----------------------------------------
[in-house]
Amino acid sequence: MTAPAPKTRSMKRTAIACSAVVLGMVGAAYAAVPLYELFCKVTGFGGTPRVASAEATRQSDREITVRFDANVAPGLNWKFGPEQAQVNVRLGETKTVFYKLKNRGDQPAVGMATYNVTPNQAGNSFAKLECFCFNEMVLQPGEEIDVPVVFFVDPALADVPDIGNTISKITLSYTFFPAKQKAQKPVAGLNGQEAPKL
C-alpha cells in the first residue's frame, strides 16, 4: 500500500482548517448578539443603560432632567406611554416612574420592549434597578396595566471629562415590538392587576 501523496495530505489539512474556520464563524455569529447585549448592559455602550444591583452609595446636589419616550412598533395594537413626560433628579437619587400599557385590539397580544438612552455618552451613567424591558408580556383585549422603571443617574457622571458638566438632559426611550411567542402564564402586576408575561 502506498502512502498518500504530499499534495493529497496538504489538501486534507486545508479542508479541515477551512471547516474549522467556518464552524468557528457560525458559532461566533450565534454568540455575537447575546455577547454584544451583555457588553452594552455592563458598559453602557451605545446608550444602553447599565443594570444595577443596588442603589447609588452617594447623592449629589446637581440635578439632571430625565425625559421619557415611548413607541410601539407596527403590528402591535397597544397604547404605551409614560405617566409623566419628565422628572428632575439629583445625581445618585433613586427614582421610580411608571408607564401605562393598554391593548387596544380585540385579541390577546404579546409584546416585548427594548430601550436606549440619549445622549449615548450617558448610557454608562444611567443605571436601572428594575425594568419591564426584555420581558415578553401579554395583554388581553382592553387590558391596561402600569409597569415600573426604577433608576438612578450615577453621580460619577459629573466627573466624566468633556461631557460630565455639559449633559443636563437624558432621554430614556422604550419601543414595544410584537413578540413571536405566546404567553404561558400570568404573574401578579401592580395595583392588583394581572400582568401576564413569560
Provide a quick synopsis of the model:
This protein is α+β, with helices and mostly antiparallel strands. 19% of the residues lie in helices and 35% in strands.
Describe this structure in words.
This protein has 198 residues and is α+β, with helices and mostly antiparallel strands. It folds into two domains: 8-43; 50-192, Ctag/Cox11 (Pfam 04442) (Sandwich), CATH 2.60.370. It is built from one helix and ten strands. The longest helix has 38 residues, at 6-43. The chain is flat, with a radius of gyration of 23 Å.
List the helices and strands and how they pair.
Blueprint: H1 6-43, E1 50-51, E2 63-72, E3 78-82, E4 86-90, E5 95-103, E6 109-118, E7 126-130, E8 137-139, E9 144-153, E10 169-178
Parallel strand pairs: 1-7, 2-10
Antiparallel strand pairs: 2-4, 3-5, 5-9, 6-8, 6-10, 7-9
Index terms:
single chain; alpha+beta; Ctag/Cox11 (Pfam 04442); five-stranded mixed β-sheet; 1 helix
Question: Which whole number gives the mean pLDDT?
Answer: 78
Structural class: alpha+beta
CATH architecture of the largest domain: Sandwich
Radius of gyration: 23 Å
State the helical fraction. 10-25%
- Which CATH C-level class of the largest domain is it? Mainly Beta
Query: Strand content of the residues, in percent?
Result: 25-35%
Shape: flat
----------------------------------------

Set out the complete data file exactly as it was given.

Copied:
[in-house]
Amino acid sequence: MTAPAPKTRSMKRTAIACSAVVLGMVGAAYAAVPLYELFCKVTGFGGTPRVASAEATRQSDREITVRFDANVAPGLNWKFGPEQAQVNVRLGETKTVFYKLKNRGDQPAVGMATYNVTPNQAGNSFAKLECFCFNEMVLQPGEEIDVPVVFFVDPALADVPDIGNTISKITLSYTFFPAKQKAQKPVAGLNGQEAPKL
C-alpha cells in the first residue's frame, strides 16, 4: 500500500482548517448578539443603560432632567406611554416612574420592549434597578396595566471629562415590538392587576 501523496495530505489539512474556520464563524455569529447585549448592559455602550444591583452609595446636589419616550412598533395594537413626560433628579437619587400599557385590539397580544438612552455618552451613567424591558408580556383585549422603571443617574457622571458638566438632559426611550411567542402564564402586576408575561 502506498502512502498518500504530499499534495493529497496538504489538501486534507486545508479542508479541515477551512471547516474549522467556518464552524468557528457560525458559532461566533450565534454568540455575537447575546455577547454584544451583555457588553452594552455592563458598559453602557451605545446608550444602553447599565443594570444595577443596588442603589447609588452617594447623592449629589446637581440635578439632571430625565425625559421619557415611548413607541410601539407596527403590528402591535397597544397604547404605551409614560405617566409623566419628565422628572428632575439629583445625581445618585433613586427614582421610580411608571408607564401605562393598554391593548387596544380585540385579541390577546404579546409584546416585548427594548430601550436606549440619549445622549449615548450617558448610557454608562444611567443605571436601572428594575425594568419591564426584555420581558415578553401579554395583554388581553382592553387590558391596561402600569409597569415600573426604577433608576438612578450615577453621580460619577459629573466627573466624566468633556461631557460630565455639559449633559443636563437624558432621554430614556422604550419601543414595544410584537413578540413571536405566546404567553404561558400570568404573574401578579401592580395595583392588583394581572400582568401576564413569560
Provide a quick synopsis of the model:
This protein is α+β, with helices and mostly antiparallel strands. 19% of the residues lie in helices and 35% in strands.
Describe this structure in words.
This protein has 198 residues and is α+β, with helices and mostly antiparallel strands. It folds into two domains: 8-43; 50-192, Ctag/Cox11 (Pfam 04442) (Sandwich), CATH 2.60.370. It is built from one helix and ten strands. The longest helix has 38 residues, at 6-43. The chain is flat, with a radius of gyration of 23 Å.
List the helices and strands and how they pair.
Blueprint: H1 6-43, E1 50-51, E2 63-72, E3 78-82, E4 86-90, E5 95-103, E6 109-118, E7 126-130, E8 137-139, E9 144-153, E10 169-178
Parallel strand pairs: 1-7, 2-10
Antiparallel strand pairs: 2-4, 3-5, 5-9, 6-8, 6-10, 7-9
Index terms:
single chain; alpha+beta; Ctag/Cox11 (Pfam 04442); five-stranded mixed β-sheet; 1 helix
Question: Which whole number gives the mean pLDDT?
Answer: 78
Structural class: alpha+beta
CATH architecture of the largest domain: Sandwich
Radius of gyration: 23 Å
State the helical fraction. 10-25%
- Which CATH C-level class of the largest domain is it? Mainly Beta
Query: Strand content of the residues, in percent?
Result: 25-35%
Shape: flat